Two items that seem to cause the regular trouble among Speedhub users: overfilling the oil, and losing one or both off the detent springs nestled underneath the External Shifter mechanism.

    Too much oil will gum up the works, and can lead so some funky shifting as well as a messy puddle on the floor. Rohloff has three times modified their oil change procedures to reduce the amount of oil that should be going back in to the hub. They're down to about 15mL now, with the assumption that 12mL is sticking to the internals. A bone dry, factor fresh hub takes 20mL.

    If you've removed the External Shifter for any reason, there's a good chance you lost one or both of the tiny springs under it. They apparently lead to shifting woes, although if I recall correctly, it's more apt to be ghost shifts to neutral.



    Edit: BTW, the hub pictured above was an eBay steal -- the seller throught the internals were shot due to wonky shifting. I took a gamble ($300 buy-it-now), and sure enough, all it was missing was the two detent springs.
    Last edited by Speedub.Nate; 01-01-2010 at 12:33 AM.
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  8. #8
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    Hi there BFE, The Rohloff has nylon shear pins between the gearbox and the hub shell. Maybe you sheared them. They are cheap and fairly easy to replace. The hub will still transmit a small amount of power even with them sheared.

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    He says he rode the bike home afterward. I can't imaging doing this successfully with the pins sheered, even if it were a totally flat ride.
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  10. #10
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    Quote Originally Posted by Speedub.Nate
    ...SNIP...Edit: BTW, the hub pictured above was an eBay steal -- the seller throught the internals were shot due to wonky shifting. I took a gamble ($300 buy-it-now), and sure enough, all it was missing was the two detent springs.
    Dang you!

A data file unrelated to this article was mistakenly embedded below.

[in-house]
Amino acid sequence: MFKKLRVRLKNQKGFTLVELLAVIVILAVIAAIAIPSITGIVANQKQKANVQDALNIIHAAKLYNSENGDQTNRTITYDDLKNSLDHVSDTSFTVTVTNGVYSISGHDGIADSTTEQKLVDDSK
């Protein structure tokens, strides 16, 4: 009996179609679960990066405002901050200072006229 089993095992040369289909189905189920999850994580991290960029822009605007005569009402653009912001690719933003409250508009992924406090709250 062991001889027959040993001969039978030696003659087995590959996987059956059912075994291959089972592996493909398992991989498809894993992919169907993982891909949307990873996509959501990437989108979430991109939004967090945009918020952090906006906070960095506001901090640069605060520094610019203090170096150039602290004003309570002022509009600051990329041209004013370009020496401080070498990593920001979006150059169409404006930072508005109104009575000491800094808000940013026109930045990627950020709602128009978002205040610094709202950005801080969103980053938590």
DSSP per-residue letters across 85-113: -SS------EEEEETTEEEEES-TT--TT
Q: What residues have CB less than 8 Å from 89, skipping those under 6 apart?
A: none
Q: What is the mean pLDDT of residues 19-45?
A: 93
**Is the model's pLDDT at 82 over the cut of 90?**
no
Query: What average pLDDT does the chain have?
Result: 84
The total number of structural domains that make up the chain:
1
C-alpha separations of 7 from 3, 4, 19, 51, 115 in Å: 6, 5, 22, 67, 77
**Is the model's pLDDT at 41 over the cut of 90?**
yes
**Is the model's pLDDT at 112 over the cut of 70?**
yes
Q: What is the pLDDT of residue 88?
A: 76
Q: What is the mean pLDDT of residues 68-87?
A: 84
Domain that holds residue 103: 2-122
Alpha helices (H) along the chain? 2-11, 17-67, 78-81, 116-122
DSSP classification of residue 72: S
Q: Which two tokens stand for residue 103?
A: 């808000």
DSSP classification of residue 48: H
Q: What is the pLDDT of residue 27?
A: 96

I've been wondering where all the deals have been going? So you're the culprit?

    I saw one for sale on Google/CL about a week ago for $400 or $450 but when I opened the link the ad had already been deleted. No wonder! At that price someone snatched it up.

    I don't think I should've ever bought my (used) Rohloff because now I'm spoiled & I'm yearning for another. The Alfine I had & the Nexus I have don't quite measure up.

  11. #11
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    Quote Originally Posted by Sometimes
    Dang you!

    I've been wondering where all the deals have been going? So you're the culprit?

    I saw one for sale on Google/CL about a week ago for $400 or $450 but when I opened the link the ad had already been deleted. No wonder! At that price someone snatched it up.

    I don't think I should've ever bought my (used) Rohloff because now I'm spoiled & I'm yearning for another. The Alfine I had & the Nexus I have don't quite measure up.
    Eh, I wish. That was maybe four years ago. My last one I paid something closer to retail. Granted, it was nearly new and already built into the wheel I needed, but still...
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  12. #12
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    Thanks for the replies guys. I have not pulled the hub apart at all and have only done an oil change in the last 2,000 miles. I have not had any problems with the hub other that this one incident. I'm pretty sure the cables were just a bit out of adjustment and is the reason for the 'neutral' shift. I had done a handful of rides after this incident, so I'm pretty sure I haven't sheered any pins.

    Here is the next question, how does one find the 'sweet spot' in regards to cable tension? I just want to make sure this doesn't happen again. Thanks.